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Author Topic: mean while just down the road from Parson Street  (Read 222 times)
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« on: May 18, 2022, 11:44:21 am »

Residents living alongside an overgrown railway embankment in South Bristol have said they are concerned after house-builders finally won a seven-year battle to develop the unusual site - and began work to clear the undergrowth this week.
The arrival of contractors to begin clearing some of the embankment in Ashton Vale and start work preparing the ground for what Bristol City Council described as a ‘major’ application back in 2015, was the first sign many residents living nearby had that the long saga was reaching its conclusion.
Residents and environmental campaigners have called on the developers to do more to save a range of specially protected species that they say live on the embankment.
But a couple who bought the embankment years ago have fought with council planners since the end of 2015 - and have now cleared the final hurdle to be able to completely transform the long, narrow site.
The embankment once carried railway tracks that connected the main Bristol to Weston line with the Portishead line - enabling trains to go directly from Weston to Portishead and vice-versa, without changing direction at nearby Parson Street station. The short curving line was closed decades ago and ever since, the embankment and the railway bridge over South Liberty Lane in Ashton Vale has been left overgrown and out of bounds.
Back in 2015, the owners of the land, a Aidan and Kevin Berkely, applied to Bristol City Council for permission to develop the site. The plan is to dismantle and remove the railway bridge over South Liberty Lane and level the embankment down to a similar level as the backs of the homes on Swiss Drive and the industrial estate on the other side. Once the embankment has been levelled and the bridge removed, the developers plan to build 17 new houses and a block of three flats - mainly three-bed homes, of which six would be affordable.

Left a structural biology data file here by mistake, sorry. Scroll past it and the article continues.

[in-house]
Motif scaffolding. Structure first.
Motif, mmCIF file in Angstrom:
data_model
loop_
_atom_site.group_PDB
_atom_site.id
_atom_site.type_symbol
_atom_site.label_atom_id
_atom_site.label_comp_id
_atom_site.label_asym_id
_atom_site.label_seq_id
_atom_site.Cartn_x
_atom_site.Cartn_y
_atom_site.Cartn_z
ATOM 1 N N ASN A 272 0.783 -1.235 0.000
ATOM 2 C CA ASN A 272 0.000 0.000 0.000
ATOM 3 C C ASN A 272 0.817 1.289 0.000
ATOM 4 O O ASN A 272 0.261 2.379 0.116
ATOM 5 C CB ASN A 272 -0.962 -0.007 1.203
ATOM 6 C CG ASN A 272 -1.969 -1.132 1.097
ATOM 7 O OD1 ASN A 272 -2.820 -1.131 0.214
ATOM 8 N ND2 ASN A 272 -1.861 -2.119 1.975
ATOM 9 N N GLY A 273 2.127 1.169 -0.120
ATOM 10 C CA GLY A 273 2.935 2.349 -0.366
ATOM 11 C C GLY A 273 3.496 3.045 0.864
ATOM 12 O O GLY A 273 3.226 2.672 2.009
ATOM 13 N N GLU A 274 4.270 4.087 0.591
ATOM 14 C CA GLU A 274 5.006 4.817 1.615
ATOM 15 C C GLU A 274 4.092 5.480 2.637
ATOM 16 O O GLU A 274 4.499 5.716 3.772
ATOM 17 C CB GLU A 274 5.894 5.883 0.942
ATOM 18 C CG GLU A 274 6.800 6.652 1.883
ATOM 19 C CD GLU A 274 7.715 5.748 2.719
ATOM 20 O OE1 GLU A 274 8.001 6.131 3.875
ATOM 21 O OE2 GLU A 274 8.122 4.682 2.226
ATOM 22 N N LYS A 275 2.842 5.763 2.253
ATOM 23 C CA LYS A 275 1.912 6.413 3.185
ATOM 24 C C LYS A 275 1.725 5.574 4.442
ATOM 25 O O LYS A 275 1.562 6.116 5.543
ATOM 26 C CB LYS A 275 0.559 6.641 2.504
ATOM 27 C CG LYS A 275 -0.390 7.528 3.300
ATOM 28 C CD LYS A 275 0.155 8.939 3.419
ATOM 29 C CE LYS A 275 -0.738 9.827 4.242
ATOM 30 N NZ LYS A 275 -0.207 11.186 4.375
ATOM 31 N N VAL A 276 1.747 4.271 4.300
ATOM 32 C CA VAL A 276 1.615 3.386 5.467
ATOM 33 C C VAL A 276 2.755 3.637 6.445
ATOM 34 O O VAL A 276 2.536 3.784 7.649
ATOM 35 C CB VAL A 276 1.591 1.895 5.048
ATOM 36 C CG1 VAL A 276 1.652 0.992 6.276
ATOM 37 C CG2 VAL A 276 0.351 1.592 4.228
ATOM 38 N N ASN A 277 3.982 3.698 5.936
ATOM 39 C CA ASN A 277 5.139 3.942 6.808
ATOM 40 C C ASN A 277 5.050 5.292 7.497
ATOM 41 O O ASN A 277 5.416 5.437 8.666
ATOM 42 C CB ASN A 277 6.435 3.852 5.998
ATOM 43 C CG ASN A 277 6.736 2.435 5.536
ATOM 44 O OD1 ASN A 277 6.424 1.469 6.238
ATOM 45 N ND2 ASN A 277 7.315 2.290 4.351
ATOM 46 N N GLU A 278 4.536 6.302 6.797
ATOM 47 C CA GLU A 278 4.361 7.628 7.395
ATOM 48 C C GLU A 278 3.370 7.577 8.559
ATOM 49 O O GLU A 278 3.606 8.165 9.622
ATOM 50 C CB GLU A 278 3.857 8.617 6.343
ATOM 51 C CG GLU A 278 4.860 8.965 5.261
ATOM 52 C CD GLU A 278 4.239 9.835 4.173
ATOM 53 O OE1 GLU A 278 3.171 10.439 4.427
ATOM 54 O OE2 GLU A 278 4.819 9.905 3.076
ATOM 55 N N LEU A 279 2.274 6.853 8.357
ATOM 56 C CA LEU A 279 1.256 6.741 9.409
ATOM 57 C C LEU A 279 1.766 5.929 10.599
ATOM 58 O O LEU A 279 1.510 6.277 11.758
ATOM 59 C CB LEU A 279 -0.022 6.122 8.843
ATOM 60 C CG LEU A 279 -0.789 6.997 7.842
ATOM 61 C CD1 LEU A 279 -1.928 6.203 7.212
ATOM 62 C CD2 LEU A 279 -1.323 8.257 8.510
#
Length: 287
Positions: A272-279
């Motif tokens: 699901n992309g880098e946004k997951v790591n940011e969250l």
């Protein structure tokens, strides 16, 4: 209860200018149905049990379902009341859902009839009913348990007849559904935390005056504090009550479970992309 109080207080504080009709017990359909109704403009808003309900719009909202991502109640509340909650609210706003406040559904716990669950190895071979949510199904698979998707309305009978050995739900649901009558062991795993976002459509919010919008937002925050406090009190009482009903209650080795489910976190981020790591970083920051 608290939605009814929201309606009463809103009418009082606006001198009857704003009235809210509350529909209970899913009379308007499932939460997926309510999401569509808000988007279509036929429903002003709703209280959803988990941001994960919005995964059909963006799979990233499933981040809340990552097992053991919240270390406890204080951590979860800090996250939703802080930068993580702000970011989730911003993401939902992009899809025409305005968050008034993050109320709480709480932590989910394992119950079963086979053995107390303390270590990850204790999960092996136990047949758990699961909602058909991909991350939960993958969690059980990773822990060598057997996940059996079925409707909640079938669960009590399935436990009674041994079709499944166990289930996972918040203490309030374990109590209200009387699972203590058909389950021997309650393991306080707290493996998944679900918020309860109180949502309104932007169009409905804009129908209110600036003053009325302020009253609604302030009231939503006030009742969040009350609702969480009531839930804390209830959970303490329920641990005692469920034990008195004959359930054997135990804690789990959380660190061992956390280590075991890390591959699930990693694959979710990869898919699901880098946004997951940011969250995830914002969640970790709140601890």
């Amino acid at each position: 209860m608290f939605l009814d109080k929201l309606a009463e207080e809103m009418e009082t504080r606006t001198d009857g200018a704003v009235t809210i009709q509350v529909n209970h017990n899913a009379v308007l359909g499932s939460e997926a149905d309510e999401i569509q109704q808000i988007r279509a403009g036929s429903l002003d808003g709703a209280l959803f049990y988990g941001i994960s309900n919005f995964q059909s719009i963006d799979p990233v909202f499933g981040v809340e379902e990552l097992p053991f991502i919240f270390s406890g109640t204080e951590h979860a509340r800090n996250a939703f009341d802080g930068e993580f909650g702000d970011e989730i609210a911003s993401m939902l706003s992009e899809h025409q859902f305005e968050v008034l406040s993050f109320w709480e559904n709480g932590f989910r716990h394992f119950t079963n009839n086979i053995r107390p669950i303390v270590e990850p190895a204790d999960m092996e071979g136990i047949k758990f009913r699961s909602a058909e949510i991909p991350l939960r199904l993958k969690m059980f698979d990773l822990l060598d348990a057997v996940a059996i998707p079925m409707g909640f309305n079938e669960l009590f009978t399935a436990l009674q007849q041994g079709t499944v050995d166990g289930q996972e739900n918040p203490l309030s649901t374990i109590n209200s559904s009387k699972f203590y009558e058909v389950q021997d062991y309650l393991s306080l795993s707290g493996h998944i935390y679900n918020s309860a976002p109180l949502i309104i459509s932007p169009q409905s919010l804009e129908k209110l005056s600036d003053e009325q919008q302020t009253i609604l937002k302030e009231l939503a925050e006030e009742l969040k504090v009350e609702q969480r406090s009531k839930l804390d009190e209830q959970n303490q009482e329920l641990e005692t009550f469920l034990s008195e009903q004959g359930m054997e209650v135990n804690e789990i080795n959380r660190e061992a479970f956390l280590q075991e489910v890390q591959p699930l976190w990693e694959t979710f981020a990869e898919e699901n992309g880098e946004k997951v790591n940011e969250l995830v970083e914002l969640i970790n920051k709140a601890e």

But the unusual application was not backed by city council planners. It was eventually refused in April 2018 by the council, who said the proposed access road to the new homes was not acceptable. The plan is to have a new road to serve the line of new homes connected to South Liberty Lane where the railway bridge is now - and council highway chiefs said that would not be safe enough.
The couple who own the land appeal to a planning inspector and in 2019, the Government inspector overturned the refusal, and granted them planning permission - but only if the issues of road access and other ‘conditions’ could be sorted out between the developers and the council.
They weren’t sorted out for another two years, and so eventually the applicants went back to appeal to the Government planning inspector again - with three different applicants to remove the conditions being imposed by the council.
Finally, at the end of April 2022 - almost seven years after the first application was submitted to the council, a Government planning inspector ruled in the developers’ favour after the council officers dropped their objections ahead of an appeal hearing - and even ordered that the council should pay the costs of the appeals.
Now, there is nothing stopping work on the site from going ahead - and the developers now have to come up with a schedule for removing the railway bridge, levelling the land and building the homes.
A bird's eye view of Ashton Vale. The green strip of land is the old railway embankment, with the homes of Swiss Drive below and an industrial estate above. The bridge over South Liberty Lane is in the bottom right of the picture. The developers want to remove the bridge, level the embankment and build 17 homes and three flats on the land, with a new road to that line of new homes connecting to South Liberty Lane where the bridge is now. Ashton Vale's Sainsbury's supermarket is in the top left of the picture, on the other side of the existing Portishead railway line - which is along the line of trees (Image: Google Earth)